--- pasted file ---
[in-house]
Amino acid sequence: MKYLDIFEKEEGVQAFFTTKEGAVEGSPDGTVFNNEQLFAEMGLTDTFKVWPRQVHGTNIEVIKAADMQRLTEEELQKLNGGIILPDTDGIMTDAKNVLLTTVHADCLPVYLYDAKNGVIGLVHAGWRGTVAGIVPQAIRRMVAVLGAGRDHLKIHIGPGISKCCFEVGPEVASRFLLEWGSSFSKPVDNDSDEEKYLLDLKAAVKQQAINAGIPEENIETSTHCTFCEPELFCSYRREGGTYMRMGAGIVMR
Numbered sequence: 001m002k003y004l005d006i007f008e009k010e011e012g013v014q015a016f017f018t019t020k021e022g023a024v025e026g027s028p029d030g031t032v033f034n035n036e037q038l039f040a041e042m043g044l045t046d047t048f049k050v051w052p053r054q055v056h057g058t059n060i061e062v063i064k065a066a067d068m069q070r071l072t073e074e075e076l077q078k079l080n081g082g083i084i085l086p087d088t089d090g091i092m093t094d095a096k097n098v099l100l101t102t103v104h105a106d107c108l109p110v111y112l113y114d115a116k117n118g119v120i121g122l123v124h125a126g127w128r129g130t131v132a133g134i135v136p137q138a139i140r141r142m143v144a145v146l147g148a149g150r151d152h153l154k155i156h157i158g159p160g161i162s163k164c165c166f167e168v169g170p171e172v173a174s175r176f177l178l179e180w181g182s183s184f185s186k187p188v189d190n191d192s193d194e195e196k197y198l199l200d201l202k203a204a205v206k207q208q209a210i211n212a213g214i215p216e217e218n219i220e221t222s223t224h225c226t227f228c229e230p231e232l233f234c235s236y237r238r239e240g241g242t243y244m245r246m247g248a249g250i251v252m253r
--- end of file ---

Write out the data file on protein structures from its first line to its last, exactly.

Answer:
[in-house]
Amino acid sequence: MKYLDIFEKEEGVQAFFTTKEGAVEGSPDGTVFNNEQLFAEMGLTDTFKVWPRQVHGTNIEVIKAADMQRLTEEELQKLNGGIILPDTDGIMTDAKNVLLTTVHADCLPVYLYDAKNGVIGLVHAGWRGTVAGIVPQAIRRMVAVLGAGRDHLKIHIGPGISKCCFEVGPEVASRFLLEWGSSFSKPVDNDSDEEKYLLDLKAAVKQQAINAGIPEENIETSTHCTFCEPELFCSYRREGGTYMRMGAGIVMR
Numbered sequence: 001m002k003y004l005d006i007f008e009k010e011e012g013v014q015a016f017f018t019t020k021e022g023a024v025e026g027s028p029d030g031t032v033f034n035n036e037q038l039f040a041e042m043g044l045t046d047t048f049k050v051w052p053r054q055v056h057g058t059n060i061e062v063i064k065a066a067d068m069q070r071l072t073e074e075e076l077q078k079l080n081g082g083i084i085l086p087d088t089d090g091i092m093t094d095a096k097n098v099l100l101t102t103v104h105a106d107c108l109p110v111y112l113y114d115a116k117n118g119v120i121g122l123v124h125a126g127w128r129g130t131v132a133g134i135v136p137q138a139i140r141r142m143v144a145v146l147g148a149g150r151d152h153l154k155i156h157i158g159p160g161i162s163k164c165c166f167e168v169g170p171e172v173a174s175r176f177l178l179e180w181g182s183s184f185s186k187p188v189d190n191d192s193d194e195e196k197y198l199l200d201l202k203a204a205v206k207q208q209a210i211n212a213g214i215p216e217e218n219i220e221t222s223t224h225c226t227f228c229e230p231e232l233f234c235s236y237r238r239e240g241g242t243y244m245r246m247g248a249g250i251v252m253r